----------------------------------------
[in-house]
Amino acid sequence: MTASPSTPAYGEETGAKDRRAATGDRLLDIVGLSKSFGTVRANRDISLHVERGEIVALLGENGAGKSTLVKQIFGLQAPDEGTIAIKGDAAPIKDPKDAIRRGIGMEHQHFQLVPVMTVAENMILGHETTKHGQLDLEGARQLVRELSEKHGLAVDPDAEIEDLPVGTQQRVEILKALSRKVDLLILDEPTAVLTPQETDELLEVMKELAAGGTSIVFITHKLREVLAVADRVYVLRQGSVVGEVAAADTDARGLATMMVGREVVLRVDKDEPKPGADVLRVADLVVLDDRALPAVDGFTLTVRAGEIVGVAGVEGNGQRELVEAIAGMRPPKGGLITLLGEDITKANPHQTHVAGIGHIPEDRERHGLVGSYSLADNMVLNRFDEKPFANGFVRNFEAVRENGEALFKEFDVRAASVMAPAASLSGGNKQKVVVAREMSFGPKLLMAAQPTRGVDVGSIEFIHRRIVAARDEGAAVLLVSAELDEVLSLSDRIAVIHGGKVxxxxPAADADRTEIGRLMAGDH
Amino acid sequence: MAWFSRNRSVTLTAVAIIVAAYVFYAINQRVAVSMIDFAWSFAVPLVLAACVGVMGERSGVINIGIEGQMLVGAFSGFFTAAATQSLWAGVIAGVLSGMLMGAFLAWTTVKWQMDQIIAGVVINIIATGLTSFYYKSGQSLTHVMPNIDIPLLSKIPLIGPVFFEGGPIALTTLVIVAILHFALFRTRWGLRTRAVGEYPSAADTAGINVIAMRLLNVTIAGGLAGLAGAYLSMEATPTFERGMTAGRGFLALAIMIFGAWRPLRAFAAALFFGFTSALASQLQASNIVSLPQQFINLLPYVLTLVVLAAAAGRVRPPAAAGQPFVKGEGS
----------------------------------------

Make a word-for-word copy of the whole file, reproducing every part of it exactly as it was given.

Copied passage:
[in-house]
Amino acid sequence: MTASPSTPAYGEETGAKDRRAATGDRLLDIVGLSKSFGTVRANRDISLHVERGEIVALLGENGAGKSTLVKQIFGLQAPDEGTIAIKGDAAPIKDPKDAIRRGIGMEHQHFQLVPVMTVAENMILGHETTKHGQLDLEGARQLVRELSEKHGLAVDPDAEIEDLPVGTQQRVEILKALSRKVDLLILDEPTAVLTPQETDELLEVMKELAAGGTSIVFITHKLREVLAVADRVYVLRQGSVVGEVAAADTDARGLATMMVGREVVLRVDKDEPKPGADVLRVADLVVLDDRALPAVDGFTLTVRAGEIVGVAGVEGNGQRELVEAIAGMRPPKGGLITLLGEDITKANPHQTHVAGIGHIPEDRERHGLVGSYSLADNMVLNRFDEKPFANGFVRNFEAVRENGEALFKEFDVRAASVMAPAASLSGGNKQKVVVAREMSFGPKLLMAAQPTRGVDVGSIEFIHRRIVAARDEGAAVLLVSAELDEVLSLSDRIAVIHGGKVxxxxPAADADRTEIGRLMAGDH
Amino acid sequence: MAWFSRNRSVTLTAVAIIVAAYVFYAINQRVAVSMIDFAWSFAVPLVLAACVGVMGERSGVINIGIEGQMLVGAFSGFFTAAATQSLWAGVIAGVLSGMLMGAFLAWTTVKWQMDQIIAGVVINIIATGLTSFYYKSGQSLTHVMPNIDIPLLSKIPLIGPVFFEGGPIALTTLVIVAILHFALFRTRWGLRTRAVGEYPSAADTAGINVIAMRLLNVTIAGGLAGLAGAYLSMEATPTFERGMTAGRGFLALAIMIFGAWRPLRAFAAALFFGFTSALASQLQASNIVSLPQQFINLLPYVLTLVVLAAAAGRVRPPAAAGQPFVKGEGS